Rare earths revisited: Monopoly broken but security issues remain

imagesAs readers of my blog know, I have an abiding interest in rare earth metals, since they are such a fundamental source of technology for use in computers, TV and other displays, windmills, medical imaging….the list goes on and on.  As a quick review, these elements (divided into “light” and “heavy” so-called lanthanides) are found abundantly in nature as metal oxides in different amounts and concentrations. They are almost exclusively produced in China, where they are found in large amounts and where the complex processing and separation of the oxides has long been perfected.imgres As industrial use blossomed, China’s monopolistic position allowed that country over a short period of time, to raise prices to unsustainable levels ($ 100-200 per kg) as it imposed export quotas on these metals.

An article in the July 27th issue of Chemical and Engineering News brings the situation up to date. Two companies, Molycorp in the U.S. and Lynas in Australia, decided to  invest large amounts of capital to produce rare earth metals, using the high global pricing to justify these investments. When the World Trade Organization declared Chinese export quotas to be illegal, the price of many of the metals dropped precipitously to the range of  $ 2/kg to $ 18/kg!  Molycorp, which was starting to produce at low levels, recently declared bankruptcy and Lynas is facing a similar problem, as well as local environmental opposition to its Malaysian rare earth refinery for Australian oxides, based on the fact that rare earth oxide concentrates from some ores contain some radioactive thorium and uranium.

Molycorp has the additional problem that its Mountain Pass, Ca. mine ores primarily contain oxides of cerium and lanthanum, which are used in catalytic converters and for various polishing applications and command the lowest prices. The ores also contain  neodymium and praseodynium in reasonable quantities and this metal is more attractively priced, used in electric motors, sensors and disk drives. Gadolinium, yttrium, dysprosium and terbium and europium are even more attractively priced and it turns out that these oxides are found in some Alaskan ores, apparently attracting some other investors.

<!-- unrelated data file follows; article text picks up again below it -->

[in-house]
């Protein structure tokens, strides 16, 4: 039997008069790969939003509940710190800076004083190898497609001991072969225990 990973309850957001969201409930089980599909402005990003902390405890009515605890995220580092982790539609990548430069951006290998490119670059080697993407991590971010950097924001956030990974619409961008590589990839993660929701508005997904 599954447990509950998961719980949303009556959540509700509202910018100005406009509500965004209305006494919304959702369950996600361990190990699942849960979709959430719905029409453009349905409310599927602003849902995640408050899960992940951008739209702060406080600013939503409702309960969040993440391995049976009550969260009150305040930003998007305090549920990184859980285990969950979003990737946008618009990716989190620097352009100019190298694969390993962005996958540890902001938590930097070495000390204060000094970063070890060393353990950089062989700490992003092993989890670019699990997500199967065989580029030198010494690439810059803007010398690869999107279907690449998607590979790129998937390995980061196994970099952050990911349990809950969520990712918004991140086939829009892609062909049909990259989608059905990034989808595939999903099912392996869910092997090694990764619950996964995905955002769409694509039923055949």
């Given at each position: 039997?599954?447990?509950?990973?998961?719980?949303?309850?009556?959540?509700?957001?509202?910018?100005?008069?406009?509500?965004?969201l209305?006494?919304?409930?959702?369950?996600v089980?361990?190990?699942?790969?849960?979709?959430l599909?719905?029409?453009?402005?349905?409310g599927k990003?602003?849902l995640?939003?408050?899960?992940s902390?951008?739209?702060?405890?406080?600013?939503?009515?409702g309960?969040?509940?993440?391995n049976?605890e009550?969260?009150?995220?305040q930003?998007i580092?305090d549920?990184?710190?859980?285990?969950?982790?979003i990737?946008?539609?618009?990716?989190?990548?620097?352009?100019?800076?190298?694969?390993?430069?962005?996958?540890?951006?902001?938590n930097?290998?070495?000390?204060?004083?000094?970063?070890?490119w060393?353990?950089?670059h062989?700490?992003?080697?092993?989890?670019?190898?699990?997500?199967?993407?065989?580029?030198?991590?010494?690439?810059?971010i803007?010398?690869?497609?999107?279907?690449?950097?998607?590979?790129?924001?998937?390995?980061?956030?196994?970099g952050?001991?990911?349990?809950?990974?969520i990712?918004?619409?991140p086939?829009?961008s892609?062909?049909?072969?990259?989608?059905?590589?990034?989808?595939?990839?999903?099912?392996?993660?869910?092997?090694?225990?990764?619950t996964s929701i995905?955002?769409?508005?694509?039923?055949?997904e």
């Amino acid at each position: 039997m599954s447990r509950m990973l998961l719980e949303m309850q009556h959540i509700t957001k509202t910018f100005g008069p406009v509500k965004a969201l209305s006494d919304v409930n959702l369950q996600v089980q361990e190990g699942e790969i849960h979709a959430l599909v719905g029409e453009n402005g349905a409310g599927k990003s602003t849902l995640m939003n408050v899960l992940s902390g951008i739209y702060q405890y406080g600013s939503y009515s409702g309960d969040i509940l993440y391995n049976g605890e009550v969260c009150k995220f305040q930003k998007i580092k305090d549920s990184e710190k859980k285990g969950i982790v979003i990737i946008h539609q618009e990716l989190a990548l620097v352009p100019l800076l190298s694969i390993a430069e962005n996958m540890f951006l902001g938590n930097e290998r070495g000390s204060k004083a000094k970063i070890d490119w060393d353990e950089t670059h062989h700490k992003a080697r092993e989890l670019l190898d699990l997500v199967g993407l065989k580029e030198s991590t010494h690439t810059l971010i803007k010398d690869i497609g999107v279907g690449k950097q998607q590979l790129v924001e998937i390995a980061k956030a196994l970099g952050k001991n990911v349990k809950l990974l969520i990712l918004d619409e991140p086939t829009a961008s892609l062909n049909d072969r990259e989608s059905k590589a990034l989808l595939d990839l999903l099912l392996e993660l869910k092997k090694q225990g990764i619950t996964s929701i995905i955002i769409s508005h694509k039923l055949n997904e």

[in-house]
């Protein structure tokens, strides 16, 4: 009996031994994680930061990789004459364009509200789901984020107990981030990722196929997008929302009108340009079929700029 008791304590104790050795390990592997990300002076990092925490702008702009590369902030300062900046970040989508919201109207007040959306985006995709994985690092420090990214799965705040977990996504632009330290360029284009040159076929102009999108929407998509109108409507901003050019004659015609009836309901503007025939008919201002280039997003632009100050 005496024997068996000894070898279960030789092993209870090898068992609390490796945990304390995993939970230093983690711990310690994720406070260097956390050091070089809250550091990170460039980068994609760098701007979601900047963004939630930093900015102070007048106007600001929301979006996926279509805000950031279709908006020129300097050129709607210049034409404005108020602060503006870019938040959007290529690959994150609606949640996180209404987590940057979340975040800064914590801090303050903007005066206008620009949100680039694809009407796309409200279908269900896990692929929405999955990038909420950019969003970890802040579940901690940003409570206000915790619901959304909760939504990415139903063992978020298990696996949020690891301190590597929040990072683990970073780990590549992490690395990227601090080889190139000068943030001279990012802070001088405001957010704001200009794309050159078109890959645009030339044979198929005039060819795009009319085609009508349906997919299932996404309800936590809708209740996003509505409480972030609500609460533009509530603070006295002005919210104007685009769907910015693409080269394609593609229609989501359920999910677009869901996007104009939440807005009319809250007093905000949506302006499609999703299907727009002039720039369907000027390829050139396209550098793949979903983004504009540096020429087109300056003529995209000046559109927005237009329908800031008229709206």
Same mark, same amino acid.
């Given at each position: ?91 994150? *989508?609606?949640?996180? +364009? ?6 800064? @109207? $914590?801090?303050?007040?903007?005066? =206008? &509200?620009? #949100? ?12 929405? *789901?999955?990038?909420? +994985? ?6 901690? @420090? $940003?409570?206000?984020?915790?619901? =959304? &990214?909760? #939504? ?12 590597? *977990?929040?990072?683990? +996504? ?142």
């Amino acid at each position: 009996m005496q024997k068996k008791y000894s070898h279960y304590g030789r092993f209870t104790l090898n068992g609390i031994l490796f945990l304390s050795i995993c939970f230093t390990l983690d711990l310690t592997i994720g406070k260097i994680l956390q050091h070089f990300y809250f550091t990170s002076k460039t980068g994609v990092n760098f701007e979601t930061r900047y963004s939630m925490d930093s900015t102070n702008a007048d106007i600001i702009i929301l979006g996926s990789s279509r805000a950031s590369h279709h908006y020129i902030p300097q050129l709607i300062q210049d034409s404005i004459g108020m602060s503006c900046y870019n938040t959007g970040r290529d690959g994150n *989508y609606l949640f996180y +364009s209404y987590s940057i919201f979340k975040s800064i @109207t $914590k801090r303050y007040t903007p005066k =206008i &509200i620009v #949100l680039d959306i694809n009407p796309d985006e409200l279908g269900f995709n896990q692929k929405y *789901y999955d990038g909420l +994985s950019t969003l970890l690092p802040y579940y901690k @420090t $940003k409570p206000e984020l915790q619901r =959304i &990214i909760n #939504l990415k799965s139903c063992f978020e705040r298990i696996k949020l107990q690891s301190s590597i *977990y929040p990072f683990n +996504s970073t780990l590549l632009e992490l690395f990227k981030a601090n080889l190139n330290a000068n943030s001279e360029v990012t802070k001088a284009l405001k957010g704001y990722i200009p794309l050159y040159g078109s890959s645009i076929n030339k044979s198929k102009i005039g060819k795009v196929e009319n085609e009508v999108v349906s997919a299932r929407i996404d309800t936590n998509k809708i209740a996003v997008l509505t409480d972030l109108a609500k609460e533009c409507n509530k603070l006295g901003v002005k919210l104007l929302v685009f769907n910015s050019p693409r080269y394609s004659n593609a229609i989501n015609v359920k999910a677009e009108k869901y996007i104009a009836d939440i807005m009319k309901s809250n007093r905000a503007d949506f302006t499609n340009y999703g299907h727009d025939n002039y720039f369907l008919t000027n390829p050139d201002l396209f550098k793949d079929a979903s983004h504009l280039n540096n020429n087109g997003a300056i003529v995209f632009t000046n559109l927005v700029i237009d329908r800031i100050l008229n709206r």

So, China still has the monopoly on rare earth metals, though it is no longer able to realize “monopolistic” pricing. Instead, it has priced these metals at a low enough level (while exporting as much as possible) to try and force its competitors out of business.

The good new for the U.S. is that it is presumably building up a national stockpile of these valuable materials just in case China decides to play more games. Since the technology for separating these oxides is quite complex, it will be difficult for producers outside of China to match Chinese economics. This certainly seems like a case for protecting a domestic industry, which is certainly allowed by the WTO.


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Projecting carbon fiber composites for mass auto market: Several factors are involved

imagesThis blog has periodically posted articles on the growing use of carbon fiber composites, noting their strength and light weight, relative to steel, and their downside of high cost.  These materials are now in prime use in large airliners and in expensive cars, but have only slowly started to penetrate the mass automobile market. CarbonContinued research, both in government-sponsored laboratories and by companies such as BMW and Teijin is promising lower manufacturing costs and car companies are obviously interested in greater use of composites to meet the new CAFE requirements, reducing fuel consumption via lower weight cars.. Projections are, in fact, showing much greater use in cars over the next decade(lowest field in graphic). Research in going on in several areas, including use of lower purity (less expensive) polyacrylonitrile, other monomers, lower production costs and cycle times, etc.